Promoting cash transfer for livelihood in refugee camp: Lessons from Rwanda
Tuyishime Deo, 33-year-old came to Mahama camp in 2016. He is married and has two kids aged 3.5 and 1.5 years old. Back in Burundi, he used to be a teacher a primary teacher of Kirundi and French languages. Deo is a beneficiary of Save the Children cash transfer project. “I applied for cash transfer training and got selected. After two weeks training, I was given 200,000 RWF (250 USD), grant to support my business. With the cash voucher I bought 6 bags (of 25kg) rice and 50 kg of sugar, which I sold at my shop. I’m making good profits which help me to expand my shop, and also be able to buy food and clothes for my children and wife. After all, expenses I saved 7,000 RWF (7.87 USD) every month in a bank with MTN mobile money. I’m the member of village saving group, saved 8,000 RWF (9.00 USD). Deo said ‘’the training and cash grant has helped me to grow my business. I have learned to give best customer care service, use of money wisely and the benefits of savings. If I were not part of the program, I could be suffering and face hard time in this camp. Thanks to Save the Children, for helping me’’, says Deo. Written
Since July 2016, Save the Children embarked on Livelihoods and youth empowerment project in Mahama Refugee Camp. The project aims to equip refugees with necessary livelihoods skills, and empower them to mobilize resources that enable them to increase their economic security, thereby reduce vulnerability created & exacerbated by conflict, & pursue goals necessary for their survival & possible return. The project came as a response to the influx of Burundian refugees to Rwanda. Very often, being a refugee means that refugees are not only without national protection, but also poor and vulnerable.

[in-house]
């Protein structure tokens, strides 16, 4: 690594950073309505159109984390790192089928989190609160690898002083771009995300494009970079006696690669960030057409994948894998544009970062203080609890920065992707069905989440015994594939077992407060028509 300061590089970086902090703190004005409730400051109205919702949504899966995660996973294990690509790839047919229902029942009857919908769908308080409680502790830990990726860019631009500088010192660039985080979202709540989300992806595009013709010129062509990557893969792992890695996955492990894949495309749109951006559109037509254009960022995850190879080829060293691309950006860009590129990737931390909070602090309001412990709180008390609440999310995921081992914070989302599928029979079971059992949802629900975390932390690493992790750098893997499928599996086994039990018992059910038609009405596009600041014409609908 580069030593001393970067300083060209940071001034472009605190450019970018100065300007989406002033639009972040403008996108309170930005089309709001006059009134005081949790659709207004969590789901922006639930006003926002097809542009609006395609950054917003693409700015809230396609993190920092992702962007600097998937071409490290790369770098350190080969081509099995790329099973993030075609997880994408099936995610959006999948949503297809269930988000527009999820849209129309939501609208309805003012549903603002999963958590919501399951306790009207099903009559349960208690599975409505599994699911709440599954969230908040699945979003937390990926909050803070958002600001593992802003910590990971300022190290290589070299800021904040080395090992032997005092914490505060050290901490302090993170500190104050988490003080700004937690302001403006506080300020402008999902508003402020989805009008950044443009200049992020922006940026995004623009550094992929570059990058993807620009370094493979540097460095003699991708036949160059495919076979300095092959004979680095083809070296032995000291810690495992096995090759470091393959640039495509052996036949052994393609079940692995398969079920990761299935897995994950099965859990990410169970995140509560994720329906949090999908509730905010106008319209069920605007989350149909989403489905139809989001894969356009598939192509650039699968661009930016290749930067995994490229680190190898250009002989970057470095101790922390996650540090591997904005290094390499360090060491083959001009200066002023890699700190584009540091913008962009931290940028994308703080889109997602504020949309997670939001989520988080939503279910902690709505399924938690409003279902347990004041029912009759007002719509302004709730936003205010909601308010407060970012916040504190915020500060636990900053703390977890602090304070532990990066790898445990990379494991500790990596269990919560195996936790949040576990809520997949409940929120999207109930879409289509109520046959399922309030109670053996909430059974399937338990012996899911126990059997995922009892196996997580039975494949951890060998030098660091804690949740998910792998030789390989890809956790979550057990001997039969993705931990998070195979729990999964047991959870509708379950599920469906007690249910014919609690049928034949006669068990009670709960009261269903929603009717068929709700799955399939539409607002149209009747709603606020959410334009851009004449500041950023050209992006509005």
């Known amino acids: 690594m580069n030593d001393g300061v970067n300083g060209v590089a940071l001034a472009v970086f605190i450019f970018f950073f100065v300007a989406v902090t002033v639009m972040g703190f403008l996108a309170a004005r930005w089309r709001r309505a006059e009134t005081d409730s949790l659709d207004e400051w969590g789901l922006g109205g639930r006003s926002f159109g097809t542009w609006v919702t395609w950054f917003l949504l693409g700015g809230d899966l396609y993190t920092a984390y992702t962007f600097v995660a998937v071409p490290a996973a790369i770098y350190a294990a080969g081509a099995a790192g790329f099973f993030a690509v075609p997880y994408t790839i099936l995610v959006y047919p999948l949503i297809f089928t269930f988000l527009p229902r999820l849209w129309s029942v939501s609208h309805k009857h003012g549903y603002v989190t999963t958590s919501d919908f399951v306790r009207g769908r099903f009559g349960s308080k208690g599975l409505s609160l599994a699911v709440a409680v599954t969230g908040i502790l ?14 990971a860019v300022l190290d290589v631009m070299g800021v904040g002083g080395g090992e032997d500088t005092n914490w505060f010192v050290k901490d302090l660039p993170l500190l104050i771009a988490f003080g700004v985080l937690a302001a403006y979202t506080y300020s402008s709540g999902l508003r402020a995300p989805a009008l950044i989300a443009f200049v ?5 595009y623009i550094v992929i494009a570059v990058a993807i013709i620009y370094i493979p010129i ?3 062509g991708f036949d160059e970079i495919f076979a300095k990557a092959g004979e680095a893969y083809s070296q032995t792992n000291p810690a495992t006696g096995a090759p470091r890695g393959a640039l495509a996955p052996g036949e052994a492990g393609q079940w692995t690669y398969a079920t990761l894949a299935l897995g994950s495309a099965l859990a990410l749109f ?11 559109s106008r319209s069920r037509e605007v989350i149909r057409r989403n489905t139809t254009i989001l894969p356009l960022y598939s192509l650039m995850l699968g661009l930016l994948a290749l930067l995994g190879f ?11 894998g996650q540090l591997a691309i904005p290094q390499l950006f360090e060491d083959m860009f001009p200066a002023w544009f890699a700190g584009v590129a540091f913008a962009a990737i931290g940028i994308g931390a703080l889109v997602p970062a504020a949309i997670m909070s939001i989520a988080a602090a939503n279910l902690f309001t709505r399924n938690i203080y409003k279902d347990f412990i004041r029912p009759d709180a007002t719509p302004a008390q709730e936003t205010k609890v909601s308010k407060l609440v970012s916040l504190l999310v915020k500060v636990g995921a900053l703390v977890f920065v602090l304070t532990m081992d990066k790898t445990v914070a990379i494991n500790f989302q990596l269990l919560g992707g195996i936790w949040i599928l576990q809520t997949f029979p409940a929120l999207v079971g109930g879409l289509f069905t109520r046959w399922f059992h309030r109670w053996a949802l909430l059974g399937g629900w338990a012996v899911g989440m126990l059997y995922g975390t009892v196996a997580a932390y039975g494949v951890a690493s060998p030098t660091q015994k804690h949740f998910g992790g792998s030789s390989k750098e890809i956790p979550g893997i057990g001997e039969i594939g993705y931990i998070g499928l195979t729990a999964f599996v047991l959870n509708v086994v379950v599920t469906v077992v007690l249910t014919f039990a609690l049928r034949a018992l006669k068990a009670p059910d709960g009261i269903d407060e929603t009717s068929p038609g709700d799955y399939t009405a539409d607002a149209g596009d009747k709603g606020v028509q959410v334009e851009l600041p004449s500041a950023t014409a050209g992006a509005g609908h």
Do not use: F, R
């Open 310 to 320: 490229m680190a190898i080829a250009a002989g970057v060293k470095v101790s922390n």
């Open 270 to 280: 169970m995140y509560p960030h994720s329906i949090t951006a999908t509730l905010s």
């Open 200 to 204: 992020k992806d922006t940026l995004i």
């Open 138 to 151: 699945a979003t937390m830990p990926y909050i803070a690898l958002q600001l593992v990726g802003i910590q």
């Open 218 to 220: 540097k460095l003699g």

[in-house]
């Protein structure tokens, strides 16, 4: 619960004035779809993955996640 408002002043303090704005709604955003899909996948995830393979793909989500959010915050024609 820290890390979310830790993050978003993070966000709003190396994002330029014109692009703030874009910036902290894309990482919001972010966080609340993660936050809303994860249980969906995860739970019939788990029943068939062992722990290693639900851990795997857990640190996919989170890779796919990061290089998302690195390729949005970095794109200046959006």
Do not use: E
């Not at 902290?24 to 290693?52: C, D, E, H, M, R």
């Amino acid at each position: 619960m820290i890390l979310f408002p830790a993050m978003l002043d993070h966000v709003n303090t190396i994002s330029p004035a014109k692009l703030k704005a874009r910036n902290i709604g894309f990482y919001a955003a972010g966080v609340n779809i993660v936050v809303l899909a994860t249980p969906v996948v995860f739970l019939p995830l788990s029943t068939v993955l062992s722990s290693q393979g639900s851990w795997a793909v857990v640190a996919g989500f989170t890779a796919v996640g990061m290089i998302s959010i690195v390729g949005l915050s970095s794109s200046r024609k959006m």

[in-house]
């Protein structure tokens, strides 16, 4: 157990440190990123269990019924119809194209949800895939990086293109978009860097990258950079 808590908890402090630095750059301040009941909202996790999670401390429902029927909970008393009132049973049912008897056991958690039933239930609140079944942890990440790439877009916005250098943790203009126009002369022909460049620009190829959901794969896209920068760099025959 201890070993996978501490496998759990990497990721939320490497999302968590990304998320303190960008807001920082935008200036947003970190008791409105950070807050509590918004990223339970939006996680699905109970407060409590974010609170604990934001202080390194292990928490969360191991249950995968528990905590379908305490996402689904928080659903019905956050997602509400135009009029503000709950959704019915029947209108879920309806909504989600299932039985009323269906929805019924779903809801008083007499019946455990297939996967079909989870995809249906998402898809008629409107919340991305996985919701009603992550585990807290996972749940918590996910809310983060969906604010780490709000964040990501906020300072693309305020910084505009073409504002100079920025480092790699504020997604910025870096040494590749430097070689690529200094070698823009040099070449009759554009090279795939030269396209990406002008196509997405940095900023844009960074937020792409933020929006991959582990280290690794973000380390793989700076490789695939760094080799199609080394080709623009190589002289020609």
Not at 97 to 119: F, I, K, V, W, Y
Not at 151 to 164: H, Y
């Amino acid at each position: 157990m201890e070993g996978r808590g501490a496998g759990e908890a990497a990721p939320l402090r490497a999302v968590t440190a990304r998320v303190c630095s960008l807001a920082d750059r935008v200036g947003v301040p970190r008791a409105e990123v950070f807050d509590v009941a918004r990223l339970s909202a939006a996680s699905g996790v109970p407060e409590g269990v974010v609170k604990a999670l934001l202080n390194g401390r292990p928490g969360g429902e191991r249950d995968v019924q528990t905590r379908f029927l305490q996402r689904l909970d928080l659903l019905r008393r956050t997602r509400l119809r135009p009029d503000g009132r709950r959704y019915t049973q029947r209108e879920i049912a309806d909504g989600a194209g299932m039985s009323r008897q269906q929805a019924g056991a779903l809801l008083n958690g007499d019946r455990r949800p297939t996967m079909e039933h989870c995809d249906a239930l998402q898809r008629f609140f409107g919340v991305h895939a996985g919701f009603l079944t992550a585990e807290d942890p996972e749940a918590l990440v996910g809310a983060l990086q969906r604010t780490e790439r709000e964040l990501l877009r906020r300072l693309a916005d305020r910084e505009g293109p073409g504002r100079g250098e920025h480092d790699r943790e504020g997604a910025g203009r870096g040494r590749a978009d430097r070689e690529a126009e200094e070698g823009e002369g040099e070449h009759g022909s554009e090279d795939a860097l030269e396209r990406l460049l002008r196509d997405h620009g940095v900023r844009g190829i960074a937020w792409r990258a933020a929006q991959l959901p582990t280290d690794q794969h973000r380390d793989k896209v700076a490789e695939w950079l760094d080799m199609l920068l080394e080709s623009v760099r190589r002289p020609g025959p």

This project aims to address food insecurity, access to basic needs and protection issues through an integrated child sensitive livelihood intervention that improve children’s, parents and caregivers access to food and income to meet other basic needs. In the medium term, the project enables refugees to fulfil their productive potential and self-reliant, where SCI is providing a unique legal and economic enabling environment for refugees to gain productive livelihoods. The project encourages refugees to work and establish businesses, pay taxes, create jobs and in most other ways become part of Rwanda’s economy.
Claudine ‘’cash grant helped me to be self-employed’’.
Niyonsaba Claudine, 19, mother of one child (1-year-old). She came to Mahama in 2015 and got married in the camp a year ago. Before coming to Rwanda, she was studying in primary-senior six in Northern Burundi, but now couldn’t continue her study. Clavdine was selling fresh vegetables in the market before attending the 15 days’ business skill training by Save the Children. Clavedine says ‘’the training has helped me to grow my saving culture and creativity in business environment’’.